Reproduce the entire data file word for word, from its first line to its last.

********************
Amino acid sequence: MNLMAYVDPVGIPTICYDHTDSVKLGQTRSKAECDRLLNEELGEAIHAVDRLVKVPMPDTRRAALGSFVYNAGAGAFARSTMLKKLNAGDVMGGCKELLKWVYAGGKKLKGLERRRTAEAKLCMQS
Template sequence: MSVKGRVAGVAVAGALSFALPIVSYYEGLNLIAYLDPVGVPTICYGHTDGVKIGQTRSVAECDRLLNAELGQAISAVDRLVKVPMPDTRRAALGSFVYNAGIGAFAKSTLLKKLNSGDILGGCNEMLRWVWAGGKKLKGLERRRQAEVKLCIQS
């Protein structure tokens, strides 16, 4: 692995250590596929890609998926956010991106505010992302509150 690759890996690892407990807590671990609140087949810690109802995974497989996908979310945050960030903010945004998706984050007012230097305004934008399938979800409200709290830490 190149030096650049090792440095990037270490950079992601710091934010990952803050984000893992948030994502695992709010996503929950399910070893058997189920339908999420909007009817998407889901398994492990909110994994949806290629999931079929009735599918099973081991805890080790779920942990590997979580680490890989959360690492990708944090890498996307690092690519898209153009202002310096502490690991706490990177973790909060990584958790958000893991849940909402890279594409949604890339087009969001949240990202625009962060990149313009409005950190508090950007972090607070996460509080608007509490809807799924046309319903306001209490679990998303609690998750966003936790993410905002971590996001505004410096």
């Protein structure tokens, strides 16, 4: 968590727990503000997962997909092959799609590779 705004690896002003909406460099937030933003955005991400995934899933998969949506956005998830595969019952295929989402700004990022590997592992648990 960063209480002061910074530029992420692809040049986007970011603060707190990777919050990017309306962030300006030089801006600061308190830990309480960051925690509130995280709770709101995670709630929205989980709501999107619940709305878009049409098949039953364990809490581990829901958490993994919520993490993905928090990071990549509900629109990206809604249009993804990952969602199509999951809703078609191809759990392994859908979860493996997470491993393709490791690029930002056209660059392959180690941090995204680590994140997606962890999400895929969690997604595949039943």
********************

Amino acid sequence: MNLMAYVDPVGIPTICYDHTDSVKLGQTRSKAECDRLLNEELGEAIHAVDRLVKVPMPDTRRAALGSFVYNAGAGAFARSTMLKKLNAGDVMGGCKELLKWVYAGGKKLKGLERRRTAEAKLCMQS
Template sequence: MSVKGRVAGVAVAGALSFALPIVSYYEGLNLIAYLDPVGVPTICYGHTDGVKIGQTRSVAECDRLLNAELGQAISAVDRLVKVPMPDTRRAALGSFVYNAGIGAFAKSTLLKKLNSGDILGGCNEMLRWVWAGGKKLKGLERRRQAEVKLCIQS
């Protein structure tokens, strides 16, 4: 692995250590596929890609998926956010991106505010992302509150 690759890996690892407990807590671990609140087949810690109802995974497989996908979310945050960030903010945004998706984050007012230097305004934008399938979800409200709290830490 190149030096650049090792440095990037270490950079992601710091934010990952803050984000893992948030994502695992709010996503929950399910070893058997189920339908999420909007009817998407889901398994492990909110994994949806290629999931079929009735599918099973081991805890080790779920942990590997979580680490890989959360690492990708944090890498996307690092690519898209153009202002310096502490690991706490990177973790909060990584958790958000893991849940909402890279594409949604890339087009969001949240990202625009962060990149313009409005950190508090950007972090607070996460509080608007509490809807799924046309319903306001209490679990998303609690998750966003936790993410905002971590996001505004410096």
């Protein structure tokens, strides 16, 4: 968590727990503000997962997909092959799609590779 705004690896002003909406460099937030933003955005991400995934899933998969949506956005998830595969019952295929989402700004990022590997592992648990 960063209480002061910074530029992420692809040049986007970011603060707190990777919050990017309306962030300006030089801006600061308190830990309480960051925690509130995280709770709101995670709630929205989980709501999107619940709305878009049409098949039953364990809490581990829901958490993994919520993490993905928090990071990549509900629109990206809604249009993804990952969602199509999951809703078609191809759990392994859908979860493996997470491993393709490791690029930002056209660059392959180690941090995204680590994140997606962890999400895929969690997604595949039943």